Poster Presentation Annual Meetings of the Endocrine Society of Australia and Society for Reproductive Biology and Australia and New Zealand Bone and Mineral Society 2016

Contributing factors to increased mortality in men undergoing long-term androgen deprivation therapy (#390)

Sandra Lin 1 , Ada S Cheung 1 , Daryl Lim Joon 2 , Trish Jenkins 2 , Jeffrey Zajac 1 , Mathis Grossmann 1
  1. Department of Medicine (Austin Health), The University of Melbourne, Heidelberg, VIC, Australia
  2. Radiation Oncology, Austin Health, Heidelberg, VIC, Australia

Background: A 3 year course of androgen deprivation therapy (ADT) is an effective treatment for high risk localized prostate cancer, however is associated with adverse cardiometabolic risk. Cardiovascular disease is the leading cause of death in men with prostate cancer. We aimed to evaluate whether baseline cardiovascular risk factors could predict increased mortality in men undergoing long-term ADT.

Methods: We conducted a prospective cohort study of men with prostate cancer newly commencing ADT referred to a dedicated ADT Clinic at a tertiary referral hospital (Austin Health, Victoria) between March 2007 and May 2016. Men who had commenced ADT at least 4 years prior to May 2016 were included. Death was ascertained by hospital medical record review. Kaplan-Meier survival analyses, Mantel-Cox log rank test to assess predictors, and Wilcoxon signed rank test were used. Median [interquartile range] are presented.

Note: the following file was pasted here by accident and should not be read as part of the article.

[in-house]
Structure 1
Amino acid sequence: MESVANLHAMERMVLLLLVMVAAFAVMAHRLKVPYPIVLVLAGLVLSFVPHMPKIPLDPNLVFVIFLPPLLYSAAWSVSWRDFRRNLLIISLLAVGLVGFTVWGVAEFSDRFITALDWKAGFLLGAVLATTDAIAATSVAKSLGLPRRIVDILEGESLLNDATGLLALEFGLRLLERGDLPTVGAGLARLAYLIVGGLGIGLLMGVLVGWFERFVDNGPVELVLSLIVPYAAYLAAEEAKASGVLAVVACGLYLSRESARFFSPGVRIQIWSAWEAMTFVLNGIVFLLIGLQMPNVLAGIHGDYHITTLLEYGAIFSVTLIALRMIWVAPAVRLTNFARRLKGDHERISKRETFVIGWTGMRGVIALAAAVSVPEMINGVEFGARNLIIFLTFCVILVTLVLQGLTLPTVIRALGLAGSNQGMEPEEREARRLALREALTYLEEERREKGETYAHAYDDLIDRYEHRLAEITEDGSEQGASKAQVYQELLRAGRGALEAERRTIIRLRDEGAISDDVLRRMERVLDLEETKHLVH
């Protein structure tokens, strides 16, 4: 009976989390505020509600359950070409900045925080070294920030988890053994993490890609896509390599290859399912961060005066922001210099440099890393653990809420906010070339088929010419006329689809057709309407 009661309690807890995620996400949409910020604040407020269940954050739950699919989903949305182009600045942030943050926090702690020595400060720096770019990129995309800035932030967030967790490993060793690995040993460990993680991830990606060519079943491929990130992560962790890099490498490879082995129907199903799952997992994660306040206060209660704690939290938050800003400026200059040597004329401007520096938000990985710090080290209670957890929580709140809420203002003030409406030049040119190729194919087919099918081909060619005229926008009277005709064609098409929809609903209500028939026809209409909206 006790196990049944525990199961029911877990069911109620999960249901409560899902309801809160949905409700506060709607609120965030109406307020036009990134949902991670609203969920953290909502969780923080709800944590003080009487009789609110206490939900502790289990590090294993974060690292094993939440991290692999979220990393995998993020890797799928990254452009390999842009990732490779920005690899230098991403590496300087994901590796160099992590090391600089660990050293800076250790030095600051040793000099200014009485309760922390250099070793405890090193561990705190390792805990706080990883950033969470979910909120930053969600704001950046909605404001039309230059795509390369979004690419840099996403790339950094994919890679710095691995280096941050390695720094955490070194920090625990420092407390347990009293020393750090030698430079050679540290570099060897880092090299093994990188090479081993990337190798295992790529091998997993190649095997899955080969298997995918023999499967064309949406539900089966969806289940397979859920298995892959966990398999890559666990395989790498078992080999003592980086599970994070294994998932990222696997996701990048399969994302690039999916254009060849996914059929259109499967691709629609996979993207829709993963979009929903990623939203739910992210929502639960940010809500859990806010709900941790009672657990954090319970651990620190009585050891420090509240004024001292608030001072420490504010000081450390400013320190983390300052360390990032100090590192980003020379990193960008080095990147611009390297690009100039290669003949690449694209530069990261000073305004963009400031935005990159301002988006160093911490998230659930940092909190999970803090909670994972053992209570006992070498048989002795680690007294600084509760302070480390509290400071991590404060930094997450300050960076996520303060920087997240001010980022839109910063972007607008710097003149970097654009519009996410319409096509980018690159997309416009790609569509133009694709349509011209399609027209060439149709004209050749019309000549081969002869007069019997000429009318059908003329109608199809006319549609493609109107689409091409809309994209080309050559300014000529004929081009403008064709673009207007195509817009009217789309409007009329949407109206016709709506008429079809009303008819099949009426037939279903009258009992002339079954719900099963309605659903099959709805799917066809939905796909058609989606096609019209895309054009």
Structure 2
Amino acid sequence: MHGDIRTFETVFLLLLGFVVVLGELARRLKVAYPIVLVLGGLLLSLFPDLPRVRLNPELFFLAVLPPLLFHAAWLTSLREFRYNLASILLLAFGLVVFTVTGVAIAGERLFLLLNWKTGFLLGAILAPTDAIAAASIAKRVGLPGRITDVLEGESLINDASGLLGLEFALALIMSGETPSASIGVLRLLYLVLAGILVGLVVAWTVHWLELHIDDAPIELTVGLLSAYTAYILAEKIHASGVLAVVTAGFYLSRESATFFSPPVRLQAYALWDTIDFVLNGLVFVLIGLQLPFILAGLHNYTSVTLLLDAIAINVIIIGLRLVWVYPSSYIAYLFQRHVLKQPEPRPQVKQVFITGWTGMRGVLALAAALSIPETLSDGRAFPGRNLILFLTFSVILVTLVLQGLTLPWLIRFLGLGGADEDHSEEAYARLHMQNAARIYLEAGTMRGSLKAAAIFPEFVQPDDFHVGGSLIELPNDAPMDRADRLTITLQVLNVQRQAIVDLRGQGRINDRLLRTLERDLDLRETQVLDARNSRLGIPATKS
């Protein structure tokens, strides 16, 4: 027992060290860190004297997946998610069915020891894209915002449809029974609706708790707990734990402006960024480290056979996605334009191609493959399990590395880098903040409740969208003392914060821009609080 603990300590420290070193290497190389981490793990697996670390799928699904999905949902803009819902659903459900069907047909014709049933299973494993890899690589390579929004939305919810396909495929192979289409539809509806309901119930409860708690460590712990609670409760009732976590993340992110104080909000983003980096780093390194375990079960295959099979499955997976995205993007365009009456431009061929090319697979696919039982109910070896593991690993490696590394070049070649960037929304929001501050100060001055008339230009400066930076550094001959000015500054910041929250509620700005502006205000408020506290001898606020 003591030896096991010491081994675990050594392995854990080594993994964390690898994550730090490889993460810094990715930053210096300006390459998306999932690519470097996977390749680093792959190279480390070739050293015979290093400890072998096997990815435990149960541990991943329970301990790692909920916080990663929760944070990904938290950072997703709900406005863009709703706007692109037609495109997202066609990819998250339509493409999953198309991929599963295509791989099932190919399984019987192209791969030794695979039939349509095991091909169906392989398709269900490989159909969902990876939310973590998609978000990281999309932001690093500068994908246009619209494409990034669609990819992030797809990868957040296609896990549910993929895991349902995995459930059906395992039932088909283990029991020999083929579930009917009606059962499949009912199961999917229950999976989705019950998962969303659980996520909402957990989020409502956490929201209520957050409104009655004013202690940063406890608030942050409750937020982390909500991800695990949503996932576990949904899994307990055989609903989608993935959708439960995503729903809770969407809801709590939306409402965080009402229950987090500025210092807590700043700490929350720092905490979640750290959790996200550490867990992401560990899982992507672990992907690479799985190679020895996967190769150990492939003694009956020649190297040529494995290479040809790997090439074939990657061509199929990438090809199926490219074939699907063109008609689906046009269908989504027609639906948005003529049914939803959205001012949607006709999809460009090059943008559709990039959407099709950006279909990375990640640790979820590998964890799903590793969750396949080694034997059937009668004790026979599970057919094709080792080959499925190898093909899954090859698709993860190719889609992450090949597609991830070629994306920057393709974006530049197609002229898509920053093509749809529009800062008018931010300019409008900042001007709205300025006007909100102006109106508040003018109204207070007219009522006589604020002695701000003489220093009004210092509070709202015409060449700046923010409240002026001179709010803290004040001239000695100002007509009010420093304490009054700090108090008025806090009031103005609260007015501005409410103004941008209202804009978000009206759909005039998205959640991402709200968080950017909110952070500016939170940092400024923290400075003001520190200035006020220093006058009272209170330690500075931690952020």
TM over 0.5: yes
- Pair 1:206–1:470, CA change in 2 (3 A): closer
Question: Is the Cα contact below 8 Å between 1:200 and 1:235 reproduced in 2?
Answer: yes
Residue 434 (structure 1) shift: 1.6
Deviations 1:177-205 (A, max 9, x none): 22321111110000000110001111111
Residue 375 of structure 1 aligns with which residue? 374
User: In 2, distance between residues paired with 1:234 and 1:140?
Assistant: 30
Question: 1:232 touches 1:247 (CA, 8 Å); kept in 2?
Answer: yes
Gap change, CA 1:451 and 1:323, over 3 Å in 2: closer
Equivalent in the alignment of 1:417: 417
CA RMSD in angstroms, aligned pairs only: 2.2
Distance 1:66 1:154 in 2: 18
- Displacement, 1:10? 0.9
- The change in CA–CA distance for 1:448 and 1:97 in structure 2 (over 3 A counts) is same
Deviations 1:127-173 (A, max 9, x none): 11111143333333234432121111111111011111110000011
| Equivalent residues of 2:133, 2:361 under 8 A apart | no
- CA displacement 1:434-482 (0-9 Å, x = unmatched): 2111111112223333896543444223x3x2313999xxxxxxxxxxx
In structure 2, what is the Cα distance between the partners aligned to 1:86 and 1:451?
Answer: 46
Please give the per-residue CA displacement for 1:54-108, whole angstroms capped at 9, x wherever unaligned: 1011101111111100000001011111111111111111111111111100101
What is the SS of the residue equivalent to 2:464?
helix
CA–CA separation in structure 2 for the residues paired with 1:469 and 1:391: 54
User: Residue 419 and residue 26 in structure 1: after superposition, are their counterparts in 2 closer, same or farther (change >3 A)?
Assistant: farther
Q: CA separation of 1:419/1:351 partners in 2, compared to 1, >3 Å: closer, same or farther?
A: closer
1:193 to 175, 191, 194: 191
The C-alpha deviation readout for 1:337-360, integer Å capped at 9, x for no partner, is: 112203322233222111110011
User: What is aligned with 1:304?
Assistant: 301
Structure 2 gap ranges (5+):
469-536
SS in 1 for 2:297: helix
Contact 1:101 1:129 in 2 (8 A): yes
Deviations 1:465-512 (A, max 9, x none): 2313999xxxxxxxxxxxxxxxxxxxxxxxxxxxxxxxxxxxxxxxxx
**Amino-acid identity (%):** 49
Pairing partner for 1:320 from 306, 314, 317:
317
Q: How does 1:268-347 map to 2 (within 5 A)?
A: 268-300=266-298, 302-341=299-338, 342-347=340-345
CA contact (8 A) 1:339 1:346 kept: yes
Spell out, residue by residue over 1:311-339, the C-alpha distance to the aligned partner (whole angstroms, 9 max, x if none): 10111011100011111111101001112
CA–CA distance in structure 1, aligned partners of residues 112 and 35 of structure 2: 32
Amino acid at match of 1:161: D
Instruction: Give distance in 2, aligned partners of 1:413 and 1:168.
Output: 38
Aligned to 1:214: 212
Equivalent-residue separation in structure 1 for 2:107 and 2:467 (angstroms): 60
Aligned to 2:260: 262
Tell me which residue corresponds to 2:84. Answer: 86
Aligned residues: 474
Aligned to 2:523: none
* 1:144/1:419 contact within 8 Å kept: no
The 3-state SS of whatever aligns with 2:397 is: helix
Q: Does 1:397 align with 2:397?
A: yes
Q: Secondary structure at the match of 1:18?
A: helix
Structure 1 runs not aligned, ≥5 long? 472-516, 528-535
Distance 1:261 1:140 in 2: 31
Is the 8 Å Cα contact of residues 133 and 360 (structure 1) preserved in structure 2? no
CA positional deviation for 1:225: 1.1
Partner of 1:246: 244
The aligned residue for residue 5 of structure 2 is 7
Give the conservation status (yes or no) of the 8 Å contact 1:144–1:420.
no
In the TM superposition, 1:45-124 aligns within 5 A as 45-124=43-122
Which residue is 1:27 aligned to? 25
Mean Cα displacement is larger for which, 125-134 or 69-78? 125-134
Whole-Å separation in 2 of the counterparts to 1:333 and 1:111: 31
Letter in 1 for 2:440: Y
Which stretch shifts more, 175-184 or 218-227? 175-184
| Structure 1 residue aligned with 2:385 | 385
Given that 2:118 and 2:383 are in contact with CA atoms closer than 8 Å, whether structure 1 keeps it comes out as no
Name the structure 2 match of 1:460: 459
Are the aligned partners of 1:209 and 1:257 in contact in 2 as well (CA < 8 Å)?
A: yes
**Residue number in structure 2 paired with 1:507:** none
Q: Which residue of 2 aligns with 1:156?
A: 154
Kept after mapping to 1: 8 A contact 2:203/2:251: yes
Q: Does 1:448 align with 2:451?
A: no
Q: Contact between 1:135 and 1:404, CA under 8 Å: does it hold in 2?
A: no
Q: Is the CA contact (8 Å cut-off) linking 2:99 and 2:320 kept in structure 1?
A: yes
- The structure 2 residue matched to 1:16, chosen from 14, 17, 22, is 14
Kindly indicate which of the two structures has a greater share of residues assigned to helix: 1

Results: Of the 218 eligible men, 106 had data for analysis over 4 years (91 lost to follow up, 21 deceased). At baseline, 64% had hypertension, 60% hypercholesterolemia, 83% overweight/obesity, 22% diabetes mellitus, 25% ischaemic heart disease, and 25% had smoking history. None of these cardiovascular risk factors predicted mortality after 4 years. The only predictor of death was increasing age (p<0.0001).

83 had ceased ADT at the 4 year mark (median duration on ADT 3.0 years [2.8, 3.0], off ADT 16.7 months [13.3, 26.2]. Waist circumference significantly increased by 3cm(p=0.005). Blood pressure was lowered (p=0.011) as was total cholesterol, LDL and triglycerides (all p<0.001), HOMA2-IR (p=0.84) and HbA1c remained stable (0.077).

Conclusions: Older men with prostate cancer commencing ADT have a significant cardiovascular risk burden which can, despite increasing central adiposity, be mitigated with proactive management. Although baseline cardiovascular risk burden did not predict medium-term mortality, further study is required to analyse whether adequately controlling these risk factors impacts on mortality.